Learning to “do” by this procedure is not learning to “do” exercises in a trial-and-error plan, but learning to work to a principle, not only in using the self but in the application of the technique outside the self. A person who learns to work to a principle in doing one exercise will have learned to do all exercises, but the person who learns just to “do an exercise” will most assuredly have to go on learning to “do exercises” ad infinitum.

In the Alexander Technique, the procedure is practiced to understand the principle involved: principles of efficient movement and principles of constructive learning. Once the principle is learned, it can be applied to any procedure.

In the Alexander Technique, the procedure is practiced to understand the principle involved: principles of efficient movement and principles of constructive learning. Once the principle is learned, it can be applied to any procedure.

What excited me most about this connection was a shift in attention. The time spent cooking was the same, but my mind was heightened to the connections between this dish and another. A simple breakfast of scrambled eggs taught me the process that also thickened the custard in my ice cream dessert. From kneading bread dough I learned how gluten forms, and why I should use a lighter touch with pie dough so that the crust was flaky, not tough. My Alexander insights were more complex. I was making connections between how I moved and how I learned through many disciplines: performing as a violinist and my novice attempts at teaching Alexander, swimming and biking, even the tilt of my head and swing of my arm when wielding a knife in my kitchen.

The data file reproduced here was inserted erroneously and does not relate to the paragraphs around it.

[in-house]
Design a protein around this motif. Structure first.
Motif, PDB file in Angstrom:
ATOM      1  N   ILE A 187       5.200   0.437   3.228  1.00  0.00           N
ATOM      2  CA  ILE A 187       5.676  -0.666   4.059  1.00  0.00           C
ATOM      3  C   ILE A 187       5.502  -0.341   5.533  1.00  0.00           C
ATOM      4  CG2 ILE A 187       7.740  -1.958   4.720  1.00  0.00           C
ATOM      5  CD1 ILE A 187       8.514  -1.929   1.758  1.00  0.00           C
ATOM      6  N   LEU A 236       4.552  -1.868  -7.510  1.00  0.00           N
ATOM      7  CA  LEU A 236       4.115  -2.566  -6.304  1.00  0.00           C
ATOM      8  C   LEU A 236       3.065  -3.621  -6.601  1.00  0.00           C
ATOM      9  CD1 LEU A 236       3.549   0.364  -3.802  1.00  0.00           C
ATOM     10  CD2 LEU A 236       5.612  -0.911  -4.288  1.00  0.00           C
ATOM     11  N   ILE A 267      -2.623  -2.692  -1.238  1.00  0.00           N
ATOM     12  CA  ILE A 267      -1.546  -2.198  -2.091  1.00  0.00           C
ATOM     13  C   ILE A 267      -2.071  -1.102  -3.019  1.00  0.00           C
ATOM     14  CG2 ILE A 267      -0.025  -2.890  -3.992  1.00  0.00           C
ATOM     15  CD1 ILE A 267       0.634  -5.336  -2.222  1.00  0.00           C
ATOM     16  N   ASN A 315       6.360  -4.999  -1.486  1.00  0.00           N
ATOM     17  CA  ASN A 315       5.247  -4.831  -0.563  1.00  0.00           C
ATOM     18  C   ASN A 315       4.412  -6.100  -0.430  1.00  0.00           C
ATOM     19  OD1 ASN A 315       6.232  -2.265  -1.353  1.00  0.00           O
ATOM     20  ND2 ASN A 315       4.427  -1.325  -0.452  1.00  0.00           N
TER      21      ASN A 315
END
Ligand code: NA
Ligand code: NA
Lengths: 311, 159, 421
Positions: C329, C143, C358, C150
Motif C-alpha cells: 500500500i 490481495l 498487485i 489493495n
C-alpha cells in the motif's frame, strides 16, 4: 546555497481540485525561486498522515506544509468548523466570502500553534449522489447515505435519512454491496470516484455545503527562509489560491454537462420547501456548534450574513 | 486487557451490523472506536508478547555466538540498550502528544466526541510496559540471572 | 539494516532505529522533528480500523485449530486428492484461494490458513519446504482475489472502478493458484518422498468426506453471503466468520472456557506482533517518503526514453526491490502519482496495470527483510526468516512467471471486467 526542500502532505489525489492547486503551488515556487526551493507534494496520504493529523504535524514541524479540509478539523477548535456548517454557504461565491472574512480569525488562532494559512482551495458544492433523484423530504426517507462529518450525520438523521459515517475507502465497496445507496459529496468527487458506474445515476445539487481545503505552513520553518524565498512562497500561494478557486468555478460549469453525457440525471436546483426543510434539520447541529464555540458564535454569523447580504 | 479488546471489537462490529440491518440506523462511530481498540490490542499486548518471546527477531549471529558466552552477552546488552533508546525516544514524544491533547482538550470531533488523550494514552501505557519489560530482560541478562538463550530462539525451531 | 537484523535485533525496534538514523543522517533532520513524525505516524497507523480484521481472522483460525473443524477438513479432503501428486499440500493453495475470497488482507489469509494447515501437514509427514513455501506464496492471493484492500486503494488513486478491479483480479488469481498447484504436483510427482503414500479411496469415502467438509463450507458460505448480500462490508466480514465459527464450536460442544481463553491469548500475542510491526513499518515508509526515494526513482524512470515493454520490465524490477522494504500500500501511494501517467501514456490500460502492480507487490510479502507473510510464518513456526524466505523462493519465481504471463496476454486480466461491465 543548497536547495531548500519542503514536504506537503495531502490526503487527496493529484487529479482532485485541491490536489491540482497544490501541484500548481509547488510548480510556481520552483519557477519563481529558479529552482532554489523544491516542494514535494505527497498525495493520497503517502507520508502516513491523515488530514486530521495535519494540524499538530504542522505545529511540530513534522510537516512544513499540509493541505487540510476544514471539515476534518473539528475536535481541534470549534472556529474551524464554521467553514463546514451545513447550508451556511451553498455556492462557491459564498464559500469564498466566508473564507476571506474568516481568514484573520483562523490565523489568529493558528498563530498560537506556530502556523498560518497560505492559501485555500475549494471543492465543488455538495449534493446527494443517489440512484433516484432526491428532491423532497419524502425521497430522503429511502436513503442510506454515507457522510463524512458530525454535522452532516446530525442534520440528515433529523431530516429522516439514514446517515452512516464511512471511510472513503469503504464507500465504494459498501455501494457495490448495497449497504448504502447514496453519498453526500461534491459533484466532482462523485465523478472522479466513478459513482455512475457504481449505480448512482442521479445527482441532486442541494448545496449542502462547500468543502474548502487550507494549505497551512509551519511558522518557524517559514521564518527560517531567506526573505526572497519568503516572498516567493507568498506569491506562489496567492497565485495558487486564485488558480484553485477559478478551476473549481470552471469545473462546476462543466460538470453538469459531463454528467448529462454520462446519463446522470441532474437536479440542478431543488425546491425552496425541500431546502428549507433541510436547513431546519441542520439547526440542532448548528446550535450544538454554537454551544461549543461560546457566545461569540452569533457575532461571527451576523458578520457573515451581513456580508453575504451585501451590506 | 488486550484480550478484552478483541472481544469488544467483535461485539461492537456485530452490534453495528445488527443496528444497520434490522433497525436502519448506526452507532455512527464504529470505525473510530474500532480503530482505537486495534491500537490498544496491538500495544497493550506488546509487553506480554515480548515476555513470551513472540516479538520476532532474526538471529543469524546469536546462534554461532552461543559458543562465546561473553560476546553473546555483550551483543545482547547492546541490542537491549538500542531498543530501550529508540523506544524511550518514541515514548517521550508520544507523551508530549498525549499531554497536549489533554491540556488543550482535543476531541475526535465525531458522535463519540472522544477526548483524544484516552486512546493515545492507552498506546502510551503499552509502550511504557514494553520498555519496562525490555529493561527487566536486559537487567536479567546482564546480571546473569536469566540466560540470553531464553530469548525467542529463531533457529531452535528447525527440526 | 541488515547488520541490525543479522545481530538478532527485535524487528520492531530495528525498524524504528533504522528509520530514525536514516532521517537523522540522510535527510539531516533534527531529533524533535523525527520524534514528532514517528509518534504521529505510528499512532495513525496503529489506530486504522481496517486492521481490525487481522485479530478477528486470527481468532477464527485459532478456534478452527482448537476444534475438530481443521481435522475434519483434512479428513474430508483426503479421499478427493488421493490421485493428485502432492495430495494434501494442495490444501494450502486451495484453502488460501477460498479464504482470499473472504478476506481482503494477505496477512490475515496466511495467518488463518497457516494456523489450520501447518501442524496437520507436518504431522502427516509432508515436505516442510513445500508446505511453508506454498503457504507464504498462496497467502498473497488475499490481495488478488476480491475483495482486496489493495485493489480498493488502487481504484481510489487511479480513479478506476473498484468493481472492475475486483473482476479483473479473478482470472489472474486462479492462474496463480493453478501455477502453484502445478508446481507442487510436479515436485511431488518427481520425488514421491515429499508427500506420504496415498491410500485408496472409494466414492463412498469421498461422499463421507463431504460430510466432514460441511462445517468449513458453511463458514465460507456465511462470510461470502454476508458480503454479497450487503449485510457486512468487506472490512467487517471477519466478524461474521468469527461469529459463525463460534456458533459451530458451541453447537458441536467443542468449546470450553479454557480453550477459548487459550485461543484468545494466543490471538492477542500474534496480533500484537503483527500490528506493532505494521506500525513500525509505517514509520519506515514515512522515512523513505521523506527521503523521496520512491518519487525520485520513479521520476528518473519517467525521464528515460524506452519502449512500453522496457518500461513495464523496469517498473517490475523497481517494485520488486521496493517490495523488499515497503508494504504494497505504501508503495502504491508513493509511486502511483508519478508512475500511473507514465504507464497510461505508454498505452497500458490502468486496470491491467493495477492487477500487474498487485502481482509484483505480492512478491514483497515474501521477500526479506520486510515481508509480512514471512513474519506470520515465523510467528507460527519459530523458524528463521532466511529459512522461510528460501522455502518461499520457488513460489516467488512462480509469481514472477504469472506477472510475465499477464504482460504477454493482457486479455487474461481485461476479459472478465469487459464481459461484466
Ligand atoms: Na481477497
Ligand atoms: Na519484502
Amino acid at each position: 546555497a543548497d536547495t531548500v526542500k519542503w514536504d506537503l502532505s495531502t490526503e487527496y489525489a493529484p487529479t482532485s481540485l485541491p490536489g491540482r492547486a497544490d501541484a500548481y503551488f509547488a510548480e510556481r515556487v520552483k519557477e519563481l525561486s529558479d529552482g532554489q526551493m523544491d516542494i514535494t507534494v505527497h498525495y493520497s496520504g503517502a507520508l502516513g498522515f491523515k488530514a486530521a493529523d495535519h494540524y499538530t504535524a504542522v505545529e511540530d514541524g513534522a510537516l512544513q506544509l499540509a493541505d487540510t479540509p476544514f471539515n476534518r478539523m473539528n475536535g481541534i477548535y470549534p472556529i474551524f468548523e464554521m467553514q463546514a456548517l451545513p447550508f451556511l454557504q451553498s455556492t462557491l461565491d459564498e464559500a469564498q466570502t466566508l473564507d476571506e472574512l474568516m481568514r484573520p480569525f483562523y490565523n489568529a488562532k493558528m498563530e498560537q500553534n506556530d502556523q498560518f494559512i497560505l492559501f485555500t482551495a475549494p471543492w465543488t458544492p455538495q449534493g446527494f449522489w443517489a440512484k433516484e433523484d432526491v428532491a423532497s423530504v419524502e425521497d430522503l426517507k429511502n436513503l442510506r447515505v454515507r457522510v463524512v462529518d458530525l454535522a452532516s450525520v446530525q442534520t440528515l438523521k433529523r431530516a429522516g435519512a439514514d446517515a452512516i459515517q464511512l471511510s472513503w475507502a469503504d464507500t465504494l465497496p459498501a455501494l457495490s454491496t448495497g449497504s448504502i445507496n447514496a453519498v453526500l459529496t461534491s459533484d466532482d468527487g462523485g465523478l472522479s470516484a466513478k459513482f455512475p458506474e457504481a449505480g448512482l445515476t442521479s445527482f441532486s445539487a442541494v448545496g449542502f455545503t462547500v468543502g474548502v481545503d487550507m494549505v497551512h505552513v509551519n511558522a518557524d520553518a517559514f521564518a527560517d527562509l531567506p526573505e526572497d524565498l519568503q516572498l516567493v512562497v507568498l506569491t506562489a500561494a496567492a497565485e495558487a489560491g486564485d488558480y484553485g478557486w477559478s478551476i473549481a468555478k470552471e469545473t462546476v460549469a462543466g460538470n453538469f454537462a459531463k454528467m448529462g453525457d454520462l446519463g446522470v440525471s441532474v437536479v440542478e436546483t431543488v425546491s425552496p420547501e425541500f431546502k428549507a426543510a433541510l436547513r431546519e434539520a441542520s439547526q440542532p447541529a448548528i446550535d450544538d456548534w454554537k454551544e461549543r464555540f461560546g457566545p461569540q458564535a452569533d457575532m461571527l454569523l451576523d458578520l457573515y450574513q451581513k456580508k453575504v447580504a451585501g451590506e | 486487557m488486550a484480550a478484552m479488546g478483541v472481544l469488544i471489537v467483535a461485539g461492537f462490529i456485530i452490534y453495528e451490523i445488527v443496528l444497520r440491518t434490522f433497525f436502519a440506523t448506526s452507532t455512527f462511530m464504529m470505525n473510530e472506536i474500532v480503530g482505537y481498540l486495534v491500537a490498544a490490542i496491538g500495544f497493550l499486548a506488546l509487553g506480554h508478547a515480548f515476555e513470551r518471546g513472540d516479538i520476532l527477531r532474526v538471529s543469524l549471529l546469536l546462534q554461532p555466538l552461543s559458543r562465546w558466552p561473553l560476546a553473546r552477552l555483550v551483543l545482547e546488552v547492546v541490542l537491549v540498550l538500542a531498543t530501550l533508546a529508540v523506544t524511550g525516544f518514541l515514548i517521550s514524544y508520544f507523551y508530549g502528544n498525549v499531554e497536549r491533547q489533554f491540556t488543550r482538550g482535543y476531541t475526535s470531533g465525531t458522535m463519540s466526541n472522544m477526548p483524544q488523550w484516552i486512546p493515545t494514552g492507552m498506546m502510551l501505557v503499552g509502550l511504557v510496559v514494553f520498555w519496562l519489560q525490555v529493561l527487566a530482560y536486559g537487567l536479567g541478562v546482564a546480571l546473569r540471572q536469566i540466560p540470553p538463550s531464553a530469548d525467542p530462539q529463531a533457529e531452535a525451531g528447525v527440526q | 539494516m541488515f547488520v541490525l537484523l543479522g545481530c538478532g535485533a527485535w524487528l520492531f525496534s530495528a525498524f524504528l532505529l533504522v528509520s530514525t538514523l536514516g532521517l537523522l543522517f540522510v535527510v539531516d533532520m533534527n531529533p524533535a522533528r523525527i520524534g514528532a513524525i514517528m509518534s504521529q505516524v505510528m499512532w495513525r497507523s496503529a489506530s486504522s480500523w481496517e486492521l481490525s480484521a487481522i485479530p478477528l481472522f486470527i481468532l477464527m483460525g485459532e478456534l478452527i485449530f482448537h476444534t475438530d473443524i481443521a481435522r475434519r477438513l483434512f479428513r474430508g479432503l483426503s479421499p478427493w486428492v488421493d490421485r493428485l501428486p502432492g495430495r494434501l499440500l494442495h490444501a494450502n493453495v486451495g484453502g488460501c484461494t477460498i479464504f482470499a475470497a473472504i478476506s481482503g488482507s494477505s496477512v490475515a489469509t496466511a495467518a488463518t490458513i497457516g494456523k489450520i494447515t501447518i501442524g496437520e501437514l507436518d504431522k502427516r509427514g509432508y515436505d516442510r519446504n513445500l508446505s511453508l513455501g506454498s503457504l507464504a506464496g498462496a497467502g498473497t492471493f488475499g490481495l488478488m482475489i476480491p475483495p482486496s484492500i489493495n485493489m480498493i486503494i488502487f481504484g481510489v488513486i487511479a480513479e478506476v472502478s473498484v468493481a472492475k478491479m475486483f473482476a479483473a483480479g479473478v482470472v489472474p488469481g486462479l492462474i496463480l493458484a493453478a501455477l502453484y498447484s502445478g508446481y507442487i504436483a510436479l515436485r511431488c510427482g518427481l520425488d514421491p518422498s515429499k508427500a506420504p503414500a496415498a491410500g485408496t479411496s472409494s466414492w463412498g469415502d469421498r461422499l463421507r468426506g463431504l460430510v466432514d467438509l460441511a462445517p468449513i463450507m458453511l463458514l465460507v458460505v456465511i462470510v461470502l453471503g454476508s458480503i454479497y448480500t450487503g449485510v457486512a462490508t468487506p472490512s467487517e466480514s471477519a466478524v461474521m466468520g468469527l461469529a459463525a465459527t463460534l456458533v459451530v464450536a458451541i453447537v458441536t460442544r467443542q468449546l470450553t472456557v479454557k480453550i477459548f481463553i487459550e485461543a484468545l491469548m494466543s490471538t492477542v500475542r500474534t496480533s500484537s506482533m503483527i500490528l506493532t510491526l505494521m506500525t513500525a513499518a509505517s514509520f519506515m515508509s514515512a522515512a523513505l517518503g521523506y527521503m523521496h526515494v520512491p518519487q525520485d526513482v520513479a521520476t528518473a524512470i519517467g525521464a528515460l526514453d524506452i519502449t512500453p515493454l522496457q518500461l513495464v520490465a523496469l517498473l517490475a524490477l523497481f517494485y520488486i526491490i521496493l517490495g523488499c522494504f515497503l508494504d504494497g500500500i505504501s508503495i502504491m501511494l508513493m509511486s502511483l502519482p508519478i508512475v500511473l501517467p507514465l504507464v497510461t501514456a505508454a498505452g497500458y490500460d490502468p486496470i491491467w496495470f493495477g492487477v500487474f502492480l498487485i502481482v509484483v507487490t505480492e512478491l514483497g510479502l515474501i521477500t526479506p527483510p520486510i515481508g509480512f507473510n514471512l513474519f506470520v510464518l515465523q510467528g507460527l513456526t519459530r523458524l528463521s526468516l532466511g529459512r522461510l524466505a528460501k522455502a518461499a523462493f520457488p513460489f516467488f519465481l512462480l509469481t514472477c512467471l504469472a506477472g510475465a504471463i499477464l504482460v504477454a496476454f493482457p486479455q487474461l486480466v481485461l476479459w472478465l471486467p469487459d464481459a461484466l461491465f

There’s a zeal to making connections and among my favorite cookbook authors, an edge of contempt for the mere follower of recipes. In his tome on baking, I’m Just Here for More Food, Alton Brown organizes his recipes by mixing method. Each method is described only once, at the beginning of the chapter—“which you will commit to memory,” he declares in the introduction.

Lots of recipe books basically repeat the same instructions over and over. They do this because it’s traditional and because they assume that you are not learning anything. I’m going to assume that you will.

Whether you thrill at this exhortation (as I do) or find it off-putting is largely a matter of intention. If your goal is to become the best possible cook, it can be incredibly exciting to be working in this way. If your goal is simply to put dinner on the table, it's a bit too much.

When I’m at home visiting my family, the discussions around what’s-for-dinner begin with, “Let’s keep it simple!” This is a preventive measure aimed at my historic tendency to deliver over-elaborate dinners three hours late when everyone is too limp with hunger to appreciate it. I have gradually acquired the pleasure of simple dinners, made with whatever’s in the fridge.

A similar shift has occurred in my Alexander teaching practice. When I finally certified as a teacher 11 years ago, I had been studying the Alexander Technique intensively for 4 ½ years. I could not identify with students who came to me who were only interested in 10 lessons, much less 6. While I still thrill at the students who become enthusiasts—studying three times a week for the first three months and then once a week for several years—I am just as engaged by students who are more tentative. Every bit of learning has value. Not only the exhaustive is interesting.